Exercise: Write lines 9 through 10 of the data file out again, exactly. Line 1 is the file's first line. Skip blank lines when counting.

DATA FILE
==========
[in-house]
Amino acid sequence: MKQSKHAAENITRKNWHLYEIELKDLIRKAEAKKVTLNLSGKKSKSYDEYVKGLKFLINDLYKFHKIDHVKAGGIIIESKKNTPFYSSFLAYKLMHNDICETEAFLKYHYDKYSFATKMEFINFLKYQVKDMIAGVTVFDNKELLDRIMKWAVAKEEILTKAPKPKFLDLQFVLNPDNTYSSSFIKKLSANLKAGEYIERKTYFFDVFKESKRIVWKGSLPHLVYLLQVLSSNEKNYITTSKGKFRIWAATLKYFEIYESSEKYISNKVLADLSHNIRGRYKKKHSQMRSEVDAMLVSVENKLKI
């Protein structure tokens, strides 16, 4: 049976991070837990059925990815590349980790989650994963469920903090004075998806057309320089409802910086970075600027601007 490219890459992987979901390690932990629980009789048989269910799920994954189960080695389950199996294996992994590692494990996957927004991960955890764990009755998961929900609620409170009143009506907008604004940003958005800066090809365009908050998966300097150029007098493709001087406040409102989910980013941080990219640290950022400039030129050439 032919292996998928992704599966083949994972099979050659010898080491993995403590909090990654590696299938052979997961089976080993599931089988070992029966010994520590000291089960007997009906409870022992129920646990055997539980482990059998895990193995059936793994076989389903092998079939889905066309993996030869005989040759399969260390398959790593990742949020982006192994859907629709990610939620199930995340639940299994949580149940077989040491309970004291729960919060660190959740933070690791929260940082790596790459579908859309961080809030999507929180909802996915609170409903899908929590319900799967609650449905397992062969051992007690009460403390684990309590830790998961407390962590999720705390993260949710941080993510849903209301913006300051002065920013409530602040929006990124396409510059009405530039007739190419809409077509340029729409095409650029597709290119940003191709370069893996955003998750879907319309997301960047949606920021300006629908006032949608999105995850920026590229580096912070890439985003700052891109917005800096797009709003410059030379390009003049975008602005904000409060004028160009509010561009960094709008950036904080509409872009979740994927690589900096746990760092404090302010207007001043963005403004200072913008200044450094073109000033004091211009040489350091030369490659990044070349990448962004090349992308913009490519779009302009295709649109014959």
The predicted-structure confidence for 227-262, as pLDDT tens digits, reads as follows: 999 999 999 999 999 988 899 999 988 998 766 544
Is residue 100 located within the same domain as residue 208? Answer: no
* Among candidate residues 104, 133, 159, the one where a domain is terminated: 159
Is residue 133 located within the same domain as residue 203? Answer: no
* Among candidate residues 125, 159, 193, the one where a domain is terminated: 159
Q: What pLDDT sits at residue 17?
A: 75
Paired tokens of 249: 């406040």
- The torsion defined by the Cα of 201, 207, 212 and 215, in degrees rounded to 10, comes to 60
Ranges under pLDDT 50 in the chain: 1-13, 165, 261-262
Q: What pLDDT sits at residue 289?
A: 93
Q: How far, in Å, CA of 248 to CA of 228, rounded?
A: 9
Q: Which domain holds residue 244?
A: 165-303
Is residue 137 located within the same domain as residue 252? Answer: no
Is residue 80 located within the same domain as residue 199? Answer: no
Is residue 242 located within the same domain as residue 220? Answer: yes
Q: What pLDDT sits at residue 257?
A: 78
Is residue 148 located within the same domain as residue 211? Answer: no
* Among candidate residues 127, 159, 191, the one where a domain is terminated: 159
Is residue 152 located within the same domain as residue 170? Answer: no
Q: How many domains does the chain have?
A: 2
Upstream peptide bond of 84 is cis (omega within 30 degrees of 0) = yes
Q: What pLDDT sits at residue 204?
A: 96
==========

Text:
Q: What pLDDT sits at residue 17?
A: 75